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                                                  Circular No. 6079
Central Bureau for Astronomical Telegrams
Postal Address: Central Bureau for Astronomical Telegrams
Smithsonian Astrophysical Observatory, Cambridge, MA 02138, U.S.A.
Telephone 617-495-7244/7440/7444 (for emergency use only)
TWX 710-320-6842 ASTROGRAM CAM     EASYLINK 62794505

     R. M. Wagner and R. Bertram, Ohio State University; P. S.
Smith, University of Arizona; and C. R. Shrader, Goddard Space
Flight Center, NASA, report:  "Optical spectra obtained at the
Steward Observatory 2.3-m telescope (range 440-870 nm, resolution
1.4 nm) on Sept. 1.1 UT, and at the Perkins 1.8-m telescope (range
450-570 nm, resolution 1 nm) on Sept. 2.1 and 8.1, of the optical
counterpart of GRO J1655-40 exhibit dramatic variations in both the
intensity and profile of emission lines arising from H-alpha (656.3
nm), H-beta (486.1 nm), He II (468.6 nm), and N III (464.0 nm).  On
both Sept. 1 and 2, the spectrum consists of sharp, unresolved,
emission lines (FWHM </= 550 km/s) due to H-alpha (equivalent width
0.3 nm) and He II (equivalent width 0.7 nm).  H-beta is weak or
completely absent.  In addition, many emission lines due to
permitted O II are present in the region 460-470 nm.  These emission
lines and several interstellar absorption lines are superposed on a
red continuum (V-R = +1.13).  By Sept. 8, the spectrum is characterized
by strong Balmer emission lines and weaker lines of He II and
N III.  The profiles of H-alpha and H-beta both exhibit a double-
peaked structure.  The FWHM and equivalent width of H-beta emission
are about 1600 km/s and 1.6 nm, respectively.  To our knowledge,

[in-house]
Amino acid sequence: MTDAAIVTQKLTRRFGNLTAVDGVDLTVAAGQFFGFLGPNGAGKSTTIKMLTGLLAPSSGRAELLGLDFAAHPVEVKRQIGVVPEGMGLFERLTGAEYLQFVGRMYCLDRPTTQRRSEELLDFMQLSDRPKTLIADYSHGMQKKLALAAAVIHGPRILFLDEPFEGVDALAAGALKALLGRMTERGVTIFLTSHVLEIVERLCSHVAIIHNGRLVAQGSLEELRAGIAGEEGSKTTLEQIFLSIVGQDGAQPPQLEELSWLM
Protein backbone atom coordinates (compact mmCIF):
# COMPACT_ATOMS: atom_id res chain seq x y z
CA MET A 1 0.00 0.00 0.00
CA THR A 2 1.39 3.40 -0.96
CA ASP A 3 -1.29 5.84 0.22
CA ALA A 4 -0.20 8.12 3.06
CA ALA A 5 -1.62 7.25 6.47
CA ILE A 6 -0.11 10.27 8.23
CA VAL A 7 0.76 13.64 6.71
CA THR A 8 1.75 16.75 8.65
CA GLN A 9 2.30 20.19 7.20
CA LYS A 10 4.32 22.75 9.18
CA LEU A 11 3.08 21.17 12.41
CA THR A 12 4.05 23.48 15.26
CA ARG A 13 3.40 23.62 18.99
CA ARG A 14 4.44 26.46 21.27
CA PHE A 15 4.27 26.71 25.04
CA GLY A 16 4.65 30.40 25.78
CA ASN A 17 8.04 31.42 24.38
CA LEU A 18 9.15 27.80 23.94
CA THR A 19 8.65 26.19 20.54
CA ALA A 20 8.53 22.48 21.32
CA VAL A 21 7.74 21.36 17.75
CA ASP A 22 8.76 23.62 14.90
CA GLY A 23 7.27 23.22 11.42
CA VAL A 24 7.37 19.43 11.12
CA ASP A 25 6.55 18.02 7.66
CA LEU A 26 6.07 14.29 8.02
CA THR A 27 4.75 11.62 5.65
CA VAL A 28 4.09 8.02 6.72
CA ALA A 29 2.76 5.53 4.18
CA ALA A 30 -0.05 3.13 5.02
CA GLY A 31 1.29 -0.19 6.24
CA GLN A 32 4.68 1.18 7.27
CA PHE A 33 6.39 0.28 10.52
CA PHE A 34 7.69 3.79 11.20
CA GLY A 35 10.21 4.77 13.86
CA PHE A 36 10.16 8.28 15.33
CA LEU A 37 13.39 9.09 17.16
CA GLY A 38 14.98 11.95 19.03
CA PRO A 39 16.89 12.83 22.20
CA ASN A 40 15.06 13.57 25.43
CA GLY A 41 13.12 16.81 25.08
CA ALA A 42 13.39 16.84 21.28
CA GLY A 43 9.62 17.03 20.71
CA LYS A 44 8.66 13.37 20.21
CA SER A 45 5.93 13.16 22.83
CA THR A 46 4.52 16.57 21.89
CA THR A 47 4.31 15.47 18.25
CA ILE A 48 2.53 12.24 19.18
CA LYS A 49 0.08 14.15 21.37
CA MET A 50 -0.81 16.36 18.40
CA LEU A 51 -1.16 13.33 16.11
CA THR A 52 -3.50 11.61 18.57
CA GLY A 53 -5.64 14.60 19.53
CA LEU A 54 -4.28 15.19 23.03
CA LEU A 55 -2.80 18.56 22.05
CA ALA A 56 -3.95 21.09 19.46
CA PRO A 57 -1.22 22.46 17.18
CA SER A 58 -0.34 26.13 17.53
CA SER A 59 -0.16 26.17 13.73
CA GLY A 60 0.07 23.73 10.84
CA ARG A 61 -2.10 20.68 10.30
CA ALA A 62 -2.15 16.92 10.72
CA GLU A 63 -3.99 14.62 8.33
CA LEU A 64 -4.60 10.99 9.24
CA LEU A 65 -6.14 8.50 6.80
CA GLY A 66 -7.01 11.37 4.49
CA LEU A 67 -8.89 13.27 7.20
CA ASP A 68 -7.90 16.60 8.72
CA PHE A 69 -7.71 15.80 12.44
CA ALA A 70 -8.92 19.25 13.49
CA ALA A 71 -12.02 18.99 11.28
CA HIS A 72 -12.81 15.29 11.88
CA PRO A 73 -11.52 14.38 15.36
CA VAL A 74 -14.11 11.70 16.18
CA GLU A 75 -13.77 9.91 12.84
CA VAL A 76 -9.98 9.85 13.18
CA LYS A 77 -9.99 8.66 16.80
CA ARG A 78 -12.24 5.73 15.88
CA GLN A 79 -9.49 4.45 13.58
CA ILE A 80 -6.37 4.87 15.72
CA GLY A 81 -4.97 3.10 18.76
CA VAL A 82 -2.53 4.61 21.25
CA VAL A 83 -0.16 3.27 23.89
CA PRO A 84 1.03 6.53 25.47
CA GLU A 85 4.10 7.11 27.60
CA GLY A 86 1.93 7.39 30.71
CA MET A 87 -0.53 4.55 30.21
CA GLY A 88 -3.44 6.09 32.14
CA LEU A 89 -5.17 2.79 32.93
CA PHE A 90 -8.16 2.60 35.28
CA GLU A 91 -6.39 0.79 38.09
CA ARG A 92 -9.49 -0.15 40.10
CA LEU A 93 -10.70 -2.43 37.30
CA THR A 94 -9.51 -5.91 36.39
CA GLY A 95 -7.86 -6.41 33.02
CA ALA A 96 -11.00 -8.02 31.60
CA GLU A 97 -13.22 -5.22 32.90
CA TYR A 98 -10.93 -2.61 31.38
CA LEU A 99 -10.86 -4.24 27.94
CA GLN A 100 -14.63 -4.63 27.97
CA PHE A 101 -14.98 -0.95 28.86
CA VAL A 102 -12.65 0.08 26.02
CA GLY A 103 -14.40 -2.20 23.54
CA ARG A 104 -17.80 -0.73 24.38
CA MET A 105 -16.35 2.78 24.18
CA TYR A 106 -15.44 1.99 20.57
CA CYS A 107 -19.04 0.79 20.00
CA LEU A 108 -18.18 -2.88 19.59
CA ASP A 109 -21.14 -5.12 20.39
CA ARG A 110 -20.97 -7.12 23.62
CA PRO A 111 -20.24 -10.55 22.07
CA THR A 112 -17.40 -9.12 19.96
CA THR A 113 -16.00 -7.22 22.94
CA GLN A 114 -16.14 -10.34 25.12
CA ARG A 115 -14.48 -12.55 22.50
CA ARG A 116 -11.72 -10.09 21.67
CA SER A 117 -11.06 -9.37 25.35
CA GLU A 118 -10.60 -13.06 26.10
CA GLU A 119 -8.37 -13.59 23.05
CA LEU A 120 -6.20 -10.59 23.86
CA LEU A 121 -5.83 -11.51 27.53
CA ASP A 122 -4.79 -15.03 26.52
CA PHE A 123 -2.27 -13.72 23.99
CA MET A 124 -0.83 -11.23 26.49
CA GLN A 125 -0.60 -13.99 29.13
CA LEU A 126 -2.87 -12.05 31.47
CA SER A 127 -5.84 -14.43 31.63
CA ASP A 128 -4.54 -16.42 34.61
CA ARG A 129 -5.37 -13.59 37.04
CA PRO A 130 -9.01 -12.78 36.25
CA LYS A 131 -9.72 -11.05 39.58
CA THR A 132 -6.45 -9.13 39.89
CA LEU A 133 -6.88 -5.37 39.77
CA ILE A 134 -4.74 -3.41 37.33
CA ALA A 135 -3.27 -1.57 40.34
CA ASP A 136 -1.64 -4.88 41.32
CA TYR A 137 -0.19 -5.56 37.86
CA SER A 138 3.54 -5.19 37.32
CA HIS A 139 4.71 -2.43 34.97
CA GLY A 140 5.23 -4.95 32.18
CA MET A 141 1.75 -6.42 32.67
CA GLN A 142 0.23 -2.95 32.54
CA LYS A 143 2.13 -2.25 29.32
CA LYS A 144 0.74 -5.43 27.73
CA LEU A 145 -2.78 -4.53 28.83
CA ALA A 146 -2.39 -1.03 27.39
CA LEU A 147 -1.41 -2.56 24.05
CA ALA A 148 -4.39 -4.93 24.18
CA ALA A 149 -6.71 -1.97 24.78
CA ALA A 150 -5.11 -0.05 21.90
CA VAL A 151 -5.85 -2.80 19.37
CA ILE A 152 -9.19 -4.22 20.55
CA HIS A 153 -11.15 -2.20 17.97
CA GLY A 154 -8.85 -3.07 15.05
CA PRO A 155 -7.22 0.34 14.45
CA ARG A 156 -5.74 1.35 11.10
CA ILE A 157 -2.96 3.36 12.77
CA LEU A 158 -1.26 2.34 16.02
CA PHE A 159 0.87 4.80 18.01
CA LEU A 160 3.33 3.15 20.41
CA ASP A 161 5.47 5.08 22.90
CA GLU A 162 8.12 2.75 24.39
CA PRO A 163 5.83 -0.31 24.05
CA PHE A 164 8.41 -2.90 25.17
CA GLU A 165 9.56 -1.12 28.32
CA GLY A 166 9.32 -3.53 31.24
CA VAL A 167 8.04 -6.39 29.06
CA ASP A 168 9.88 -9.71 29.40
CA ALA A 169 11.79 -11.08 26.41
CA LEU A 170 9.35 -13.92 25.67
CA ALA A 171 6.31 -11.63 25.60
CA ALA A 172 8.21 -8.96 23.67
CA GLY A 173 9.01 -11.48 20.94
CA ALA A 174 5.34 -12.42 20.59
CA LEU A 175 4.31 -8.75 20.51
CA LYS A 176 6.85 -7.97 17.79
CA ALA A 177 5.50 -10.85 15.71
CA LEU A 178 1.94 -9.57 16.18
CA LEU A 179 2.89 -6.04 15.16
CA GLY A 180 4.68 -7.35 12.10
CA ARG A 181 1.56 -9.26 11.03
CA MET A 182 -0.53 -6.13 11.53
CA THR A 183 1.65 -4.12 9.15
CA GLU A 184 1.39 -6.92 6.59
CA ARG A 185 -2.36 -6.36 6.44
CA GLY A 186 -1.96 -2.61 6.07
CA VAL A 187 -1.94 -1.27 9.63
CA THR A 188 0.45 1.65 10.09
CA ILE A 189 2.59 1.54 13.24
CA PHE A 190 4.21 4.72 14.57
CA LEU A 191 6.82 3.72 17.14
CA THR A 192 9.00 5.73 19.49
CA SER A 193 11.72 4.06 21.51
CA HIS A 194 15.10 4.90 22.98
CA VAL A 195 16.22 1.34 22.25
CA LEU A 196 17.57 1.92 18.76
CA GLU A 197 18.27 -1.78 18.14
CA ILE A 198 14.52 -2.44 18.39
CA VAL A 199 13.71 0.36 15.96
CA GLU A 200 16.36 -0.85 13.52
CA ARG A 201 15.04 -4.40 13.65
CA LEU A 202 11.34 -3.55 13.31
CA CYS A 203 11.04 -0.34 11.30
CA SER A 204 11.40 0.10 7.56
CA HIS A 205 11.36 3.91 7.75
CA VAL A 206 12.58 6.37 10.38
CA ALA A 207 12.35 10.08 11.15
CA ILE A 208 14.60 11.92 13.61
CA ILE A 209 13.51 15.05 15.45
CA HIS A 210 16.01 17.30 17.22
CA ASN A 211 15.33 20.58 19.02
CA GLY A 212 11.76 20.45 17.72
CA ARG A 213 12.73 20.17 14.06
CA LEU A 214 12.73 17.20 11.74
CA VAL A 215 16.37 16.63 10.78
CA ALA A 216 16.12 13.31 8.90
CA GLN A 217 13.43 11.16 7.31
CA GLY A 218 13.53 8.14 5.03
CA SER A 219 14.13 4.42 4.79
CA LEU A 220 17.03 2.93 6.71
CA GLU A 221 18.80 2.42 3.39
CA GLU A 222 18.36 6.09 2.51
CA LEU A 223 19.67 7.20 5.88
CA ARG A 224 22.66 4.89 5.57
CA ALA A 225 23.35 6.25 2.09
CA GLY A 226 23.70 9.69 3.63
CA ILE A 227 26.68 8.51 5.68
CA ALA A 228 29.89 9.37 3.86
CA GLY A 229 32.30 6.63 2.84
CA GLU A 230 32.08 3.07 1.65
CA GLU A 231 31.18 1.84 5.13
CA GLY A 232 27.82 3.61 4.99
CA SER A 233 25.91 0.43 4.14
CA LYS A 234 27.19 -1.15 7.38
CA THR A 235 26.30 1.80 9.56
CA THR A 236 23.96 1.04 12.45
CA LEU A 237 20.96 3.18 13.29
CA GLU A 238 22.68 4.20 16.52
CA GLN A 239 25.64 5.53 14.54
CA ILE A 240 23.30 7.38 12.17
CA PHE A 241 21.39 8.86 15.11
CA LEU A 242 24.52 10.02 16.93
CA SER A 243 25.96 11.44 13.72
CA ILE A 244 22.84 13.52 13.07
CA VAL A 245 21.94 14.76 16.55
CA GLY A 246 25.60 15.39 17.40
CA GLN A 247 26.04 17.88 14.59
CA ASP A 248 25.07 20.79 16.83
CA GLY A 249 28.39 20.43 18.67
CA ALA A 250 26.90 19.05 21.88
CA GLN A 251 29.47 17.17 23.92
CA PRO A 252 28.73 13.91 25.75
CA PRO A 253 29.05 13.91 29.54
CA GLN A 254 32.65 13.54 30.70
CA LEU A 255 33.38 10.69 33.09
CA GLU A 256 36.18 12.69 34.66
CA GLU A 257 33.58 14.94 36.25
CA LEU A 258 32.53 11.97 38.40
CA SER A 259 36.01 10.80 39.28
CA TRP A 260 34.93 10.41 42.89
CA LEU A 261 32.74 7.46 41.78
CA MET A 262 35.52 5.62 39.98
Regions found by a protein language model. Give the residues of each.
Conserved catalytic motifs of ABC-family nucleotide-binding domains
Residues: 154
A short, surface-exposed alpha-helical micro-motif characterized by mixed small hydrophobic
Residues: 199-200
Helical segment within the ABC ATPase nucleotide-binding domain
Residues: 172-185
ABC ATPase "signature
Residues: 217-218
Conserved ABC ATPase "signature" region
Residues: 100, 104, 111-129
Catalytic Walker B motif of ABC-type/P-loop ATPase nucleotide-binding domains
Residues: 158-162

such dramatic emission-line profile and intensity variations have
not been observed in any previous x-ray nova or transient.   Our
spectra obtained on Sept. 1-2 and 8 bracket the second outburst of
hard x-ray emission observed on Sept. 6 (IAUC 6075).  No anomalous
emission lines, analogous to the Doppler-shifted emission lines of
SS 433 (and which might coincide with the appearance of the extended
relativistic radio structure; IAUC 6073), have been noted.  However,
our limited spectral coverage and the extreme southern declination
of the object make observations from the northern hemisphere
difficult.  Additional optical spectroscopy from southern-hemisphere
sites would be valuable."

     A. Sanchez-Lavega, Universidad del Pais Vasco, along with J.
Gomez, J. Lecacheux, F. Colas, and I. Miyazaki, reports that
continuous CCD imaging of Saturn at several wavelengths from 0.4 to
1.0 micron has been performed at the Pic-du-Midi 1.05-m telescope,
and in Spain and Japan with 0.4-m telescopes, showing (at least
since mid-July) the presence of a white spot preceded by a dark
column in Saturn's equatorial zone -- which on Sept. 10.01 UT was
at longitude 65o (System I), with a drift rate (relative to System
I) of +10o.2/day between July 28 and Sept. 10.

1994 September 16              (6079)            Daniel W. E. Green

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